To determine the amount of genetic differentiation among populations, we performed a Principal Component Analysis (PCA) with adegenet27 in R. To avoid the potential confounding effect of the high divergence between wild boar and domestic pigs, we did a second analysis of European wild boar that included only 25 randomly selected domestic pigs as a reference. The aim of this latter analysis was to investigate the specific structure of wild boar populations. Based on the PCA results, geographic information and previous findings18, we grouped the wild boar and domestic pig populations into eight clusters each: wild boar from: (1) Near East, (2) Balkans, (3) Carpathians, (4) Iberia, (5) Italy (mainland), (6) Sardinia, (7) Central-West Europe (WB-CW), (8) Central-North-Eastern Europe (WB-CNE); domestic pigs from: (1) Balkans, (2) Carpathians, (3) Central-East Europe (DP-CE), (4) Central-North Europe (DP-CN), (5) Central-West Europe (DP-CW), (6) Iberia, (7) Italy and (8) commercial breeds (see Table 2 for countries included in each cluster). Variability levels of the populations were assessed by computing minor allele frequencies (MAF, which indicates the abundance of rare alleles through the genome), as well as expected (He) and observed (Ho) heterozygosities (which are measurements of genetic variability) within clusters with PLINK. Genetic differentiation among populations was estimated by calculating pairwise FST values with Arlequin 3.528. For this analysis, loci in linkage disequilibrium (r2 > 0.5) were removed with PLINK, to reduce bias due to physical linkage between loci29, resulting in a reduced dataset of 29,802 (30 K) SNPs.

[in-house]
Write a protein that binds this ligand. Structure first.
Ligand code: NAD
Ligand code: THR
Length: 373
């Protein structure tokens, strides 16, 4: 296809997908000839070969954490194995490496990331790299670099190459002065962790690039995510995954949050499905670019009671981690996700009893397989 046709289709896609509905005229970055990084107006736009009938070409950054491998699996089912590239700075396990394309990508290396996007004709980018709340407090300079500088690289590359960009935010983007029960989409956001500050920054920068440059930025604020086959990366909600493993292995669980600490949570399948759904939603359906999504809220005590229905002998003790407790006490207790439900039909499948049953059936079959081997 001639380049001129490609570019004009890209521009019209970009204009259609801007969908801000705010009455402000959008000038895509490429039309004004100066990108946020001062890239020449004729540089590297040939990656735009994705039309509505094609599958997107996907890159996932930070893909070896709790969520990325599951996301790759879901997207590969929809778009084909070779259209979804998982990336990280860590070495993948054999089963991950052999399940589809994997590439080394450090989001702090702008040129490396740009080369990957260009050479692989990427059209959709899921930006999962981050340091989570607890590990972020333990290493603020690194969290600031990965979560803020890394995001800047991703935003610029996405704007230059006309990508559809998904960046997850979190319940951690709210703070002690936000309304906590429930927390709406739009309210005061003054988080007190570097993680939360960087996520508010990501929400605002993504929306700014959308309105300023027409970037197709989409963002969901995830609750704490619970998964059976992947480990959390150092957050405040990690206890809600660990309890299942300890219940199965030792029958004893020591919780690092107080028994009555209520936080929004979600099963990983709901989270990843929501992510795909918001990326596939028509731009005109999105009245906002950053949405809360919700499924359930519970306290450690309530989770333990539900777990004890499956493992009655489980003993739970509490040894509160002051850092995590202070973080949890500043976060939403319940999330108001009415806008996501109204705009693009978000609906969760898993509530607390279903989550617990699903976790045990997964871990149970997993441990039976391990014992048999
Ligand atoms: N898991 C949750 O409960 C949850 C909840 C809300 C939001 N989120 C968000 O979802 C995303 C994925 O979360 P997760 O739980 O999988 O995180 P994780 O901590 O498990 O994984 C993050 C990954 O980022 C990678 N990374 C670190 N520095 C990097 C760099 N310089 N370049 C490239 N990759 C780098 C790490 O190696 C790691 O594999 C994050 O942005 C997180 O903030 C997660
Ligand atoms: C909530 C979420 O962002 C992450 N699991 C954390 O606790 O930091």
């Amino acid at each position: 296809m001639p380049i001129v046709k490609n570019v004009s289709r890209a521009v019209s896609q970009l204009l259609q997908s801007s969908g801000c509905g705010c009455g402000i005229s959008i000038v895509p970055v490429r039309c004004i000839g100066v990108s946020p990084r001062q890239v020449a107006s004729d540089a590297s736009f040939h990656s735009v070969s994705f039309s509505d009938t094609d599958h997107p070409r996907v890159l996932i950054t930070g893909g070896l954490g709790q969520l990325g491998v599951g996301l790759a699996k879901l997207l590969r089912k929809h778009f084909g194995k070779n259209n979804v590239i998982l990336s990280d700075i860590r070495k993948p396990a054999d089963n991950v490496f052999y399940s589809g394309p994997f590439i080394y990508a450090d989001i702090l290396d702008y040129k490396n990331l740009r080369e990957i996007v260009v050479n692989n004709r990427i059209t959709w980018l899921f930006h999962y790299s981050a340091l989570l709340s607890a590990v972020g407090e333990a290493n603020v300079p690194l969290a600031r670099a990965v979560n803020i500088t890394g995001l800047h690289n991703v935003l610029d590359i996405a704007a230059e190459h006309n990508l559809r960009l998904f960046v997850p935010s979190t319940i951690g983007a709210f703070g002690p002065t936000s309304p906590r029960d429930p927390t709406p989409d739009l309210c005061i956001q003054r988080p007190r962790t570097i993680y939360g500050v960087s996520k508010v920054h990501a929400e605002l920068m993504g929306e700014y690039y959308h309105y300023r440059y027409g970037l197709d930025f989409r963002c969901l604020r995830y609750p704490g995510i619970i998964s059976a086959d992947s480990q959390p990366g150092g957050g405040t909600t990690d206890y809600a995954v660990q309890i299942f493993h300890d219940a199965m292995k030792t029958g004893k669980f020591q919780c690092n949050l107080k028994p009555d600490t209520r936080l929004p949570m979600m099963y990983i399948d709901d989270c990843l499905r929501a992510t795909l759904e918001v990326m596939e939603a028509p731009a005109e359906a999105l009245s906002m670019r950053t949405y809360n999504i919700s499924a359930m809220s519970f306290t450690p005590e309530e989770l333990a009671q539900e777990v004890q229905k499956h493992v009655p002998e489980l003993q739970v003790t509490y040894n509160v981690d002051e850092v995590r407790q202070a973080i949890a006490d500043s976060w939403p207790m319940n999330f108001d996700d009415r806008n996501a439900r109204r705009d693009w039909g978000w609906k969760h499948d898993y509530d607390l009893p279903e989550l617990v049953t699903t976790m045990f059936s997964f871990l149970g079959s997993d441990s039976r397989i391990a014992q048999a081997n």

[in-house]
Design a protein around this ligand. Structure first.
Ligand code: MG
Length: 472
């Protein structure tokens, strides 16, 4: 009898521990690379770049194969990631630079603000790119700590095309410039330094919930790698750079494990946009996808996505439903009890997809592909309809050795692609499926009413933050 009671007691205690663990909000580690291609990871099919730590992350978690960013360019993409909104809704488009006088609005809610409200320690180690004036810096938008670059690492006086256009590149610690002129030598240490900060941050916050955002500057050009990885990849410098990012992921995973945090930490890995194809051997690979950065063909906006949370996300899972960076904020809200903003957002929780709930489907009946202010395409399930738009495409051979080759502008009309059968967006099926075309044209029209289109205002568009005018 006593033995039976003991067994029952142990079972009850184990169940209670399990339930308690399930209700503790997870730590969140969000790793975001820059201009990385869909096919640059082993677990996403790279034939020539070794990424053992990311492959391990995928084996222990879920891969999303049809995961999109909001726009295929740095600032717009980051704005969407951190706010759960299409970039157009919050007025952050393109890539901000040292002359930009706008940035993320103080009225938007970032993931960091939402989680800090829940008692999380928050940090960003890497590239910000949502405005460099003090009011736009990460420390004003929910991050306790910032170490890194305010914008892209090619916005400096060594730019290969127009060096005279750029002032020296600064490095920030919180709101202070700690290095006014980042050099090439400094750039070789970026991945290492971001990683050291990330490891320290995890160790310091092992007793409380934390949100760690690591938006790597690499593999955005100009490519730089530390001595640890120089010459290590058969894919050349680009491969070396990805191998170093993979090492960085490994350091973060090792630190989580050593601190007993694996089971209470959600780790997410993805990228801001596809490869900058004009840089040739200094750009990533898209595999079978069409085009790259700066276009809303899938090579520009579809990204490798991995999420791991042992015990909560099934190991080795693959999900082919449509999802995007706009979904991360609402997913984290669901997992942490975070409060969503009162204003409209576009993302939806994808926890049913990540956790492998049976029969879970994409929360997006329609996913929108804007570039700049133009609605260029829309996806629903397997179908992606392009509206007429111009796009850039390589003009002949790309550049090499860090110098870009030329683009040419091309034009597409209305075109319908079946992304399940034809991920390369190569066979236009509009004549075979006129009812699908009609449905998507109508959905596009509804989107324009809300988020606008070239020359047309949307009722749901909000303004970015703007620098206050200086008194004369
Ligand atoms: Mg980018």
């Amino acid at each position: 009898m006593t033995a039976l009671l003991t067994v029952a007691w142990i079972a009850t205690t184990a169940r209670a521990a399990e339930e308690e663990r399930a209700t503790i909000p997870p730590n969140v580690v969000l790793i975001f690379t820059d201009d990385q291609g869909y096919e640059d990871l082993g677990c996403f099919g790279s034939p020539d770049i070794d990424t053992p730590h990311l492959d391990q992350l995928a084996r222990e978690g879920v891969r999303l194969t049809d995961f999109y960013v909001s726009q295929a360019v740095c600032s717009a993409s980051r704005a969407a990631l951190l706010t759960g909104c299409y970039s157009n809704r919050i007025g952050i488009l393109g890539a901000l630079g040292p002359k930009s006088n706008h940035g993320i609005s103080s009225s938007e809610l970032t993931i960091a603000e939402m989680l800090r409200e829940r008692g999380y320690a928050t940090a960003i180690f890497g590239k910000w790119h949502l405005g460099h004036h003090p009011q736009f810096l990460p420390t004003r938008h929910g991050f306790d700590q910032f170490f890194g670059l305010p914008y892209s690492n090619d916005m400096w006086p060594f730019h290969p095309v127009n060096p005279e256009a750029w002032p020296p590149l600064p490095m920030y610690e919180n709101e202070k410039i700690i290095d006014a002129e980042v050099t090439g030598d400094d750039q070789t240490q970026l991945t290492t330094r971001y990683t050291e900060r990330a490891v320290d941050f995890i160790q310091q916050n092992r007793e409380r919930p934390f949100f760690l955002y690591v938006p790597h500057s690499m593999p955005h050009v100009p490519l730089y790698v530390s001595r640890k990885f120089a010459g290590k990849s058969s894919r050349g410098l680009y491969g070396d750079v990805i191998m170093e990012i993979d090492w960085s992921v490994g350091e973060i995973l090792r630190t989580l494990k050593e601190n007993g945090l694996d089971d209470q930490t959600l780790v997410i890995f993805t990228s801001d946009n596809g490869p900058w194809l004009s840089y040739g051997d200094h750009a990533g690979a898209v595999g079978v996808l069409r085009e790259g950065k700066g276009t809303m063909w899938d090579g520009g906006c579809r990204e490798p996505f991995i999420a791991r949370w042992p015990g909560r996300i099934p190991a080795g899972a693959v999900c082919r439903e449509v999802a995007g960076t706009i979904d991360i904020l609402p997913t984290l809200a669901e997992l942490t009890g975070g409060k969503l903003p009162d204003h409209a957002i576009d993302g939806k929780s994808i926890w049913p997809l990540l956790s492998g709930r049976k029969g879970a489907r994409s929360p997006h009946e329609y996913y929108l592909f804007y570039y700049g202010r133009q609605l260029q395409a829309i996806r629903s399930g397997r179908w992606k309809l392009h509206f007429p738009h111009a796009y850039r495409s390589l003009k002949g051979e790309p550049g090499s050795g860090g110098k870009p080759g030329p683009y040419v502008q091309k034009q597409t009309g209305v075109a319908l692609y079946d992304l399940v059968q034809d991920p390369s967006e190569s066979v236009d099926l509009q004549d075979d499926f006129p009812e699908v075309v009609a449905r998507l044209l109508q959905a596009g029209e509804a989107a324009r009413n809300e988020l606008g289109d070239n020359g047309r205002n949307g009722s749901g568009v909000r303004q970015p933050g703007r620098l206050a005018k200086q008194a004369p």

Table 2 Number and percentage of hybrids for each analysed population.